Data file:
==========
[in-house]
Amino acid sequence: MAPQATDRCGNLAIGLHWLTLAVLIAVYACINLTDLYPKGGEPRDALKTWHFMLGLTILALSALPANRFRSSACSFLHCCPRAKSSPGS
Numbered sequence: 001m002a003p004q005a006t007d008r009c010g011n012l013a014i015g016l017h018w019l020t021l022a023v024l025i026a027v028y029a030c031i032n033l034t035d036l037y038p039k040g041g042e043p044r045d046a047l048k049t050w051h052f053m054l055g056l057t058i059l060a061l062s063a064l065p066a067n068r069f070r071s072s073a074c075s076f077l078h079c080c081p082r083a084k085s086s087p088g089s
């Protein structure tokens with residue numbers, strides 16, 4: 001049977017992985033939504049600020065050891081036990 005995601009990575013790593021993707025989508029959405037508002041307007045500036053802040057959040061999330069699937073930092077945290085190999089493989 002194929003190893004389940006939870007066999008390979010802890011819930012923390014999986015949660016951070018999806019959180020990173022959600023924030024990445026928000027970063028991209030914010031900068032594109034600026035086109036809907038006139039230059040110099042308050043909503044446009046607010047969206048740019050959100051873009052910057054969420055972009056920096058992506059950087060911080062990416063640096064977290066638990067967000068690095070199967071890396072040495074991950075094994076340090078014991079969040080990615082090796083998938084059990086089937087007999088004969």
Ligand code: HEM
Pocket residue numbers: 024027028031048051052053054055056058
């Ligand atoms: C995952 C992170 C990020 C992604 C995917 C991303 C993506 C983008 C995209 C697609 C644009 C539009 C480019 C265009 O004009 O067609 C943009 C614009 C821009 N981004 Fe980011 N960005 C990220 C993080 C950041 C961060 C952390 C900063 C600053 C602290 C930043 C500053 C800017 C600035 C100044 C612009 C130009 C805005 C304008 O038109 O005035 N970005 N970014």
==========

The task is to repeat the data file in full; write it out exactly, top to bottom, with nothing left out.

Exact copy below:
[in-house]
Amino acid sequence: MAPQATDRCGNLAIGLHWLTLAVLIAVYACINLTDLYPKGGEPRDALKTWHFMLGLTILALSALPANRFRSSACSFLHCCPRAKSSPGS
Numbered sequence: 001m002a003p004q005a006t007d008r009c010g011n012l013a014i015g016l017h018w019l020t021l022a023v024l025i026a027v028y029a030c031i032n033l034t035d036l037y038p039k040g041g042e043p044r045d046a047l048k049t050w051h052f053m054l055g056l057t058i059l060a061l062s063a064l065p066a067n068r069f070r071s072s073a074c075s076f077l078h079c080c081p082r083a084k085s086s087p088g089s
């Protein structure tokens with residue numbers, strides 16, 4: 001049977017992985033939504049600020065050891081036990 005995601009990575013790593021993707025989508029959405037508002041307007045500036053802040057959040061999330069699937073930092077945290085190999089493989 002194929003190893004389940006939870007066999008390979010802890011819930012923390014999986015949660016951070018999806019959180020990173022959600023924030024990445026928000027970063028991209030914010031900068032594109034600026035086109036809907038006139039230059040110099042308050043909503044446009046607010047969206048740019050959100051873009052910057054969420055972009056920096058992506059950087060911080062990416063640096064977290066638990067967000068690095070199967071890396072040495074991950075094994076340090078014991079969040080990615082090796083998938084059990086089937087007999088004969």
Ligand code: HEM
Pocket residue numbers: 024027028031048051052053054055056058
């Ligand atoms: C995952 C992170 C990020 C992604 C995917 C991303 C993506 C983008 C995209 C697609 C644009 C539009 C480019 C265009 O004009 O067609 C943009 C614009 C821009 N981004 Fe980011 N960005 C990220 C993080 C950041 C961060 C952390 C900063 C600053 C602290 C930043 C500053 C800017 C600035 C100044 C612009 C130009 C805005 C304008 O038109 O005035 N970005 N970014």